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BackBONE The backbone of an animal is a row of bones called vertebrae. ... leeches do not have setae and that is one of the major differences that sets them apart from organisms such as earthworms ...


Leeches normally carry parasites in their digestive tracts, which cannot survive in humans and do not pose a threat; however, bacteria, viruses, and parasites from previous blood sources can survive within a leech for months. Nevertheless, only a few cases of leeches transmitting pathogens to humans have been reported.


Does the worm leech have bones? Just thought it would be interesting to ask. So then, does a leech, the worm, have bones? Follow . 1 answer 1. ... Answers. Best Answer: no, only fish, amphibians, reptiles, birds, and mammals have bones. worms do not have bones . Source(s): Erik · 7 years ago . 0. Thumbs up. 0. Thumbs down. Report Abuse. Comment.


No, leeches do not have setae and that is one of the major differences that sets them apart from organisms such as earthworms or other marine worms when categorizing them in classes.


Casein makes up almost 90 percent of the protein in a cow’s milk. When the body experiences this type of acidosis, it actually forces the body to compensate by leaching calcium from the bones to help neutralize the increased acidity. Over time, all of this can have severe and detrimental effects on bone health, and studies have shown this.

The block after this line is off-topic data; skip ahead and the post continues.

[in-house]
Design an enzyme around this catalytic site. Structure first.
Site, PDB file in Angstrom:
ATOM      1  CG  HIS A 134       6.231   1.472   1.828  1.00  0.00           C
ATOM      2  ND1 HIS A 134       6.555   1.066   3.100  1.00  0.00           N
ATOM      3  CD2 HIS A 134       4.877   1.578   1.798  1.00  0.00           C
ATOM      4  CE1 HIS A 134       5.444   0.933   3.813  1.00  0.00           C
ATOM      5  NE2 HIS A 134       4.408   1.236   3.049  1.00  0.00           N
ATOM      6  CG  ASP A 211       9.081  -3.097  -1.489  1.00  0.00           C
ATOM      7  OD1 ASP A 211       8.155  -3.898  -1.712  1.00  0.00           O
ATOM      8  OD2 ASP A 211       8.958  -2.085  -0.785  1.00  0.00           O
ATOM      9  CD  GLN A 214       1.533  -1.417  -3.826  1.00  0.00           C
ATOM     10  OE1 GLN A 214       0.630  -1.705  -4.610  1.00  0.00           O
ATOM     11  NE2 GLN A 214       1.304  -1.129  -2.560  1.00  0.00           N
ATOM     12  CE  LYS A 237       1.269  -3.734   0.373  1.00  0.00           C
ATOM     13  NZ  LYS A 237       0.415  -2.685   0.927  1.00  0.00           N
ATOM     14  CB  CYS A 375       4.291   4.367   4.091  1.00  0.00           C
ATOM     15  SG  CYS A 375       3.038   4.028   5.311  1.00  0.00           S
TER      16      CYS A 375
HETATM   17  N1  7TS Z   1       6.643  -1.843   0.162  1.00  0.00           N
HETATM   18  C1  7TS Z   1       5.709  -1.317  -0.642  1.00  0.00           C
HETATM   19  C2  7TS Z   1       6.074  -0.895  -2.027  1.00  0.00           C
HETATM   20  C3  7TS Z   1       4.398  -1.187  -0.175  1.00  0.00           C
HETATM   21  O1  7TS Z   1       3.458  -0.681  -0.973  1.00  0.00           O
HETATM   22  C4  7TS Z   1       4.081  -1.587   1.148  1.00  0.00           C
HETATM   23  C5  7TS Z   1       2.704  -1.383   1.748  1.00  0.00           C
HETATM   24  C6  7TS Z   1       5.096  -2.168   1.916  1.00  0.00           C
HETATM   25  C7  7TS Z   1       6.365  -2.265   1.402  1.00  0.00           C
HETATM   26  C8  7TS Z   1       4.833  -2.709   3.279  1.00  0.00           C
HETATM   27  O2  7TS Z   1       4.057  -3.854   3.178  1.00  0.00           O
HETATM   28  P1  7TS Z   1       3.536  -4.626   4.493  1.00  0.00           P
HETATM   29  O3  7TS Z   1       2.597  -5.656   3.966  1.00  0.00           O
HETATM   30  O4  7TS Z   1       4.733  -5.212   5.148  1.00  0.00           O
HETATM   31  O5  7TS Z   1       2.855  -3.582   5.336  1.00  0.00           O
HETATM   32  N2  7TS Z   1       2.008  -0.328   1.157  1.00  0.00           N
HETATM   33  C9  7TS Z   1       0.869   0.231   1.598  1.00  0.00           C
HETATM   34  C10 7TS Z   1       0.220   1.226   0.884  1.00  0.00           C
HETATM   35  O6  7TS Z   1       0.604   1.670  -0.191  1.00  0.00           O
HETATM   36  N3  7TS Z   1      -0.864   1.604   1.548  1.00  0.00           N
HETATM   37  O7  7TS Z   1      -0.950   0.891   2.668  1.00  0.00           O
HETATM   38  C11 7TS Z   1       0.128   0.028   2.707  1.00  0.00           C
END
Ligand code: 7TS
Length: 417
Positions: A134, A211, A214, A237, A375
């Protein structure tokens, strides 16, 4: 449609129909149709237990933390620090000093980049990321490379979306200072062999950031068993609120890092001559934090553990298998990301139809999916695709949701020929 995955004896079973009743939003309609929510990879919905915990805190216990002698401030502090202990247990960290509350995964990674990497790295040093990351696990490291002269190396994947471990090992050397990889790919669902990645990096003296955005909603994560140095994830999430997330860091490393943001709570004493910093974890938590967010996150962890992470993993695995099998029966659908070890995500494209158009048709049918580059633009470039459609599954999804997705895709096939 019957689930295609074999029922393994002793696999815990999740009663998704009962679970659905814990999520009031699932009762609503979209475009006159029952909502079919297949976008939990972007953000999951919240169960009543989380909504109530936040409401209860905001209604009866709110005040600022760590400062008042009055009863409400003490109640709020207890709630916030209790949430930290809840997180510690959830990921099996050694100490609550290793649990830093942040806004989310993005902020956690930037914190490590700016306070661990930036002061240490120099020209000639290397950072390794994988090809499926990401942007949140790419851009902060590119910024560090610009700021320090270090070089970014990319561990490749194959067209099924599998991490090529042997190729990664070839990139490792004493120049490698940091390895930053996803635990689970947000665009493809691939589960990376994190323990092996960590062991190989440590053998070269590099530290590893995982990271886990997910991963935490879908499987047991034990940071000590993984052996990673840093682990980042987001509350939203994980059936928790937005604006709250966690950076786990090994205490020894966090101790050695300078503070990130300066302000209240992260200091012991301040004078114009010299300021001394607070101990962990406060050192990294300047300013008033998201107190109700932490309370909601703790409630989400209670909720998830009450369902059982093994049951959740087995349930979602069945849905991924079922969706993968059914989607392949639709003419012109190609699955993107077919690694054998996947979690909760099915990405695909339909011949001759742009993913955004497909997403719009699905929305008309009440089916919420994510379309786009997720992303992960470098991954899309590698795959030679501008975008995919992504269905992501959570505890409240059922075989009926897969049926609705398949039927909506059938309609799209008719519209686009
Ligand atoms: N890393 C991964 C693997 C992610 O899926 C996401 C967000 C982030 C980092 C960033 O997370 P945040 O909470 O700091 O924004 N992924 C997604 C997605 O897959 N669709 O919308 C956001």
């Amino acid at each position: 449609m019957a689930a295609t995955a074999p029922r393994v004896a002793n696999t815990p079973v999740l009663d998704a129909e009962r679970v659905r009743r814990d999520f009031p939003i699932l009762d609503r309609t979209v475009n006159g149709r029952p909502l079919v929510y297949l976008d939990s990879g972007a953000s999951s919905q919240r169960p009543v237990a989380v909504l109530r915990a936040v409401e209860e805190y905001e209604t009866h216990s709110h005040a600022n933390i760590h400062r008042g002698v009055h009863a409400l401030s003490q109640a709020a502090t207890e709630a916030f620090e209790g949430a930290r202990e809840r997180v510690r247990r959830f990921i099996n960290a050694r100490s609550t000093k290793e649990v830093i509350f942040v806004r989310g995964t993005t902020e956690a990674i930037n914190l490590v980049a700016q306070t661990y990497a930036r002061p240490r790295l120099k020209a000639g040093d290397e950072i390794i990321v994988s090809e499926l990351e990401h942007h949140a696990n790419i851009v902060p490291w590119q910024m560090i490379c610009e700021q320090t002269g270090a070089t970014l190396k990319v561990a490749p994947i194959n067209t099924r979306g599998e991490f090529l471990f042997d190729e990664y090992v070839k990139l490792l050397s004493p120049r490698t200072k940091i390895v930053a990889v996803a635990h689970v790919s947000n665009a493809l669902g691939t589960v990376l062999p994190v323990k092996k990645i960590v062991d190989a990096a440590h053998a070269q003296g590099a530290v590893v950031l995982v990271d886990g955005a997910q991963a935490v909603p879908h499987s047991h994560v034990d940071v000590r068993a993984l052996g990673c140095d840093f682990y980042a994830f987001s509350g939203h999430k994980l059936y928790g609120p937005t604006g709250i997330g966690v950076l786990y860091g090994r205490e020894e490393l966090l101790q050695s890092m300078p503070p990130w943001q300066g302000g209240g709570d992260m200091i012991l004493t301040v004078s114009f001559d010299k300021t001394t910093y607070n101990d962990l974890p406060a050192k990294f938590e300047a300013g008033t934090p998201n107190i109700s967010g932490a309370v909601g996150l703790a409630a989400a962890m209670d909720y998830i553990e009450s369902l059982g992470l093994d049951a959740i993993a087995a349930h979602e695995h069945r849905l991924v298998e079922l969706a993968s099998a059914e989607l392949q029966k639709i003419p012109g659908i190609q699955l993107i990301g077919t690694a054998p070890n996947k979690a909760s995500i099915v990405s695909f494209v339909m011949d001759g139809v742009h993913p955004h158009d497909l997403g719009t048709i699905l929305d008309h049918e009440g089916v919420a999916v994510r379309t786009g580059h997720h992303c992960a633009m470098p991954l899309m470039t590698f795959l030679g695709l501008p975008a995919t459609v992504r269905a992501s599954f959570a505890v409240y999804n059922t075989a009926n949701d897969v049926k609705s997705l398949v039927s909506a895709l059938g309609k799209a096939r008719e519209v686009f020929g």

Scientist explains how cow’s milk leeches calcium from your bones and makes them weaker. In Brief. ... it is because they do not have the enzymes to break down the sugar found in milk. We are no different, and this explains why in some ethnic populations around the world, lactose intolerance is present in 90 percent of the population ...


Nearly all animals referred to as worms are invertebrates, including earthworms, and by definition, invertebrates do not have bones. Exceptions include worm lizards, such as the Caecilians and Anguis lizards, which look like worms but have reptilian skeletons.


Heavy drinking is a health risk for many reasons, including the effects on bones. Research shows that chronic heavy alcohol use, especially during adolescence and young adult years, can ...


Continued Soda and Osteoporosis: Possible Culprits. Phosphoric acid, a major component in most sodas, may be to blame, according to lead study author Katherine Tucker, PhD.


Research shows that dairy products have little or no benefit for bones. A 2005 review published in Pediatrics showed that drinking milk does not improve bone strength in children. In a more recent study, researchers tracked the diets, exercise, and stress fracture rates of adolescent girls and concluded that dairy products and calcium do not ...